Physiology of the distal convoluted tubule and collecting duct

Keywords: distal convoluted tubule, collecting duct, physiology

Abstract

Each human kidney contains approximately 1.3 million nephrons that are made up of a glomerulus and a renal tubule. The components of the renal tubule include the proximal convoluted tubule (PCT), the loop of Henle (LOH), the distal convoluted tubule (DCT) and the collecting duct (CD). Each component is made up of different cell subtypes that correlate with differences in function.1

The distal tubule follows the macula densa, and consists of two segments, the DCT and the connecting segment. The connecting segment extends to the CD which has a cortical and a medullary component. These segments have an important role in the absorption of many ions, and water reabsorption.2

The tubular fluid entering the distal tubule is hypotonic (100–200 mOsm). It contains about 20% of the water filtered by the glomerulus and about 10% of the sodium filtered. The early distal tubule reabsorbs a further 5% of the sodium, and the late distal tubule and CD fine tune reabsorption of the last little bit (around 5%), determining exactly how much sodium will be excreted.3 The absolute level of transport of ions and water in these segments is much less than in most upstream segments, but the variability of the rate of transport is much higher.4 Sodium reabsorption in the late distal tubule and CD is regulated by hormones.1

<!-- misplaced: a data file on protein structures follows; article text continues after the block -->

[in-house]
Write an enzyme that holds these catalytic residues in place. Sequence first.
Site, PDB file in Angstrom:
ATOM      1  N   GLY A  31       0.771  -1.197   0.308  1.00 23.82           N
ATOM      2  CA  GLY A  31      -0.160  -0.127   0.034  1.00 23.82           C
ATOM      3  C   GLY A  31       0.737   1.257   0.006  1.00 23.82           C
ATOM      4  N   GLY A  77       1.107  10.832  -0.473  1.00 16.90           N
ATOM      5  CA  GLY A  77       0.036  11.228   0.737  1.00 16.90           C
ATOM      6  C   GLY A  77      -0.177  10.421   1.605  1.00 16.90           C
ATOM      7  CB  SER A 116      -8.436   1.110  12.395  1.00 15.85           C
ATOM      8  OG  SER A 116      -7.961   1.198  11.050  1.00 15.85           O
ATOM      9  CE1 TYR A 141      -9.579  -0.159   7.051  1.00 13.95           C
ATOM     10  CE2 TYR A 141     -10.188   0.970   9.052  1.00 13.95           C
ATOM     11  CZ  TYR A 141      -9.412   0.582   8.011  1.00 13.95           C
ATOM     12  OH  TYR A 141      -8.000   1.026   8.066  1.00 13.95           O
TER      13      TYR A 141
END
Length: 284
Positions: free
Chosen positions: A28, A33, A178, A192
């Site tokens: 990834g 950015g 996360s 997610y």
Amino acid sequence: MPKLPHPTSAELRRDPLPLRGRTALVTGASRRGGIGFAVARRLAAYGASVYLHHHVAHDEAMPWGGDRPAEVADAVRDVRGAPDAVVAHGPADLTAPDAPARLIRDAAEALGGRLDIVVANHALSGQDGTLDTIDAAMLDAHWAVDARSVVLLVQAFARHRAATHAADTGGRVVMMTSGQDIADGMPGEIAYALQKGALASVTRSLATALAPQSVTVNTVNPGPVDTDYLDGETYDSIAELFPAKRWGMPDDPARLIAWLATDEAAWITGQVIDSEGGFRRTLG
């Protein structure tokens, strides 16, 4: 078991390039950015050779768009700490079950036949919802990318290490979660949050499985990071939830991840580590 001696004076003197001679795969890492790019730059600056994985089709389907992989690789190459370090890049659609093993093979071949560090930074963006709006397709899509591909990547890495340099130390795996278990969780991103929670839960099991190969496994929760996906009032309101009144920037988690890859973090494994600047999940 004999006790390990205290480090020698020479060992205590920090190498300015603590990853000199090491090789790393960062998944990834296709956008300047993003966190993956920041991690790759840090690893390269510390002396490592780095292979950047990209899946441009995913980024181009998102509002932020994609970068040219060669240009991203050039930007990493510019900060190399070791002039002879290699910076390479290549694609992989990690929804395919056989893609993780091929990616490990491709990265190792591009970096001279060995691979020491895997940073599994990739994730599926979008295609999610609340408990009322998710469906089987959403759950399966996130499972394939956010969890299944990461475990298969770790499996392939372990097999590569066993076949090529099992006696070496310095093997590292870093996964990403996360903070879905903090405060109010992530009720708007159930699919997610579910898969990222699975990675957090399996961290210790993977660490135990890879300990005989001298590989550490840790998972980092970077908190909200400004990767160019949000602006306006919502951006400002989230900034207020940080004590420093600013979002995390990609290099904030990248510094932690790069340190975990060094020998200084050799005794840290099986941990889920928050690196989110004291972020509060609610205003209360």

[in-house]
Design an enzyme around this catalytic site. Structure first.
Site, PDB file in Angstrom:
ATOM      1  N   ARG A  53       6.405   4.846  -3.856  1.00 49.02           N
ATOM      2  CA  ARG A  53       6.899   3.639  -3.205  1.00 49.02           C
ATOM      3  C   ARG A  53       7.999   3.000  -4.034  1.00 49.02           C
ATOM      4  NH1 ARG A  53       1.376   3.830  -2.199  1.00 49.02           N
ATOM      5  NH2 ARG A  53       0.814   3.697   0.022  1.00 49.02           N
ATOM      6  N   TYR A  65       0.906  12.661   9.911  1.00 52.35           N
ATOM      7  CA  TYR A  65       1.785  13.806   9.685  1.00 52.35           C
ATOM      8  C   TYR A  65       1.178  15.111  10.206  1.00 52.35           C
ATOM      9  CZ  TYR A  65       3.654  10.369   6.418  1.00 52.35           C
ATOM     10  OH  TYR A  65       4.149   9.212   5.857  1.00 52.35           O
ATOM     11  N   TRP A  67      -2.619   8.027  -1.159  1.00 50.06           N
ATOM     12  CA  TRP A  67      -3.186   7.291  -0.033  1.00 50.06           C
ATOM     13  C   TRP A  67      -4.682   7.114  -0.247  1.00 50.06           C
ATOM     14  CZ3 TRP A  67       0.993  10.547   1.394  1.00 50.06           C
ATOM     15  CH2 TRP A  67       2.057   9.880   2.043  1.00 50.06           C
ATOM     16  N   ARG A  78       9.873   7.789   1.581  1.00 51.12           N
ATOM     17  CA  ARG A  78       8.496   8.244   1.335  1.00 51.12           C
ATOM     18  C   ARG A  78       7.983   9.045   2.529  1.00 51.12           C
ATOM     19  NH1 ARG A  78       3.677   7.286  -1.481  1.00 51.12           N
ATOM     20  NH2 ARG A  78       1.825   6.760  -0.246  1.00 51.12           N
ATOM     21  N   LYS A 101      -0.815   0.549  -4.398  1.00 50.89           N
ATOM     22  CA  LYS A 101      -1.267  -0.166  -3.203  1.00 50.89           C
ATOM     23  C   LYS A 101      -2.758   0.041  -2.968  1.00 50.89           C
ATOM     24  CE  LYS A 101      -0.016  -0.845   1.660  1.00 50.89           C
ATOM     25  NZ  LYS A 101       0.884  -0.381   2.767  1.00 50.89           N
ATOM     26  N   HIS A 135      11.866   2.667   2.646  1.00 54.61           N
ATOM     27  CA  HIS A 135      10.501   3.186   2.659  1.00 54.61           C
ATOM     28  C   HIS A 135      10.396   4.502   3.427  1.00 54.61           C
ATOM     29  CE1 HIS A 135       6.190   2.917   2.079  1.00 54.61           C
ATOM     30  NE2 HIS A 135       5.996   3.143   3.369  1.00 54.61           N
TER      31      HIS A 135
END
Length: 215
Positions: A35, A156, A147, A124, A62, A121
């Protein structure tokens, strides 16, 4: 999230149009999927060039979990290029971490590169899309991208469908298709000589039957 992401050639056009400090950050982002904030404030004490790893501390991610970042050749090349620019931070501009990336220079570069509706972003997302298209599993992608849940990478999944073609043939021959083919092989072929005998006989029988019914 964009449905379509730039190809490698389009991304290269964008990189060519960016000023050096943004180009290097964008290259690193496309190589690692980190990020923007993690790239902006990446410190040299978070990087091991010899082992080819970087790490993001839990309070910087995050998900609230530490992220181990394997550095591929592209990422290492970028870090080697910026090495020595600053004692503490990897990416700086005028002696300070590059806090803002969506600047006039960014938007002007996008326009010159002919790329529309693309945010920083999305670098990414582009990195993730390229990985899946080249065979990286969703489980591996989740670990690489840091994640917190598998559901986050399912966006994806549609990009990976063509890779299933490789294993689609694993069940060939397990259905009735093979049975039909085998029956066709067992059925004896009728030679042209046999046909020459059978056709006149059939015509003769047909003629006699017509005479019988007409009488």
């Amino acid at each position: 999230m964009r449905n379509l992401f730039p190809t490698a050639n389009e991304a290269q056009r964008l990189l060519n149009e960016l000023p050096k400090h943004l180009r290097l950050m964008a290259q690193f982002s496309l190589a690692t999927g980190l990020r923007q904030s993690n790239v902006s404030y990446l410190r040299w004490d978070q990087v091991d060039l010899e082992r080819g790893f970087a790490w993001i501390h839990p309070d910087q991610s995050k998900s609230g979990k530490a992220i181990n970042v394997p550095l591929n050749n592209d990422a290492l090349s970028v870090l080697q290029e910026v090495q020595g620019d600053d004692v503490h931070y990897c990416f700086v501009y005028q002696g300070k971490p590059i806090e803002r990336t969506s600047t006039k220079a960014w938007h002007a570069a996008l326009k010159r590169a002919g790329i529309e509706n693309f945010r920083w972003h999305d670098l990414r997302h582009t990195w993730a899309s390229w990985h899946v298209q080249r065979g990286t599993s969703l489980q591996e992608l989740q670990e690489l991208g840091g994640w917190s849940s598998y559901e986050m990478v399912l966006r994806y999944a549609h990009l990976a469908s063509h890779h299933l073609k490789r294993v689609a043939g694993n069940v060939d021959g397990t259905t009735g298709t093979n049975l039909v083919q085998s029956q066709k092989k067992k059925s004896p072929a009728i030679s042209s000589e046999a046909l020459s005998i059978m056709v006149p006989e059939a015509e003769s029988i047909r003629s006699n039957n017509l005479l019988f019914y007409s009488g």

In the context of renal tubule physiology, the term basolateral or serosal membrane refers to the cell membrane oriented away from the lumen of the tubule, whereas the term luminal or apical membrane refers to the cell membrane oriented towards the lumen.

Author Biography

K K Purbhoo, University of the Witwatersrand

Department of Anaesthesia, Helen Joseph Hospital, University of the Witwatersrand, South Africa

Published
2020-11-13
Section
FCA 1 Anaesthetic Refresher Course 2020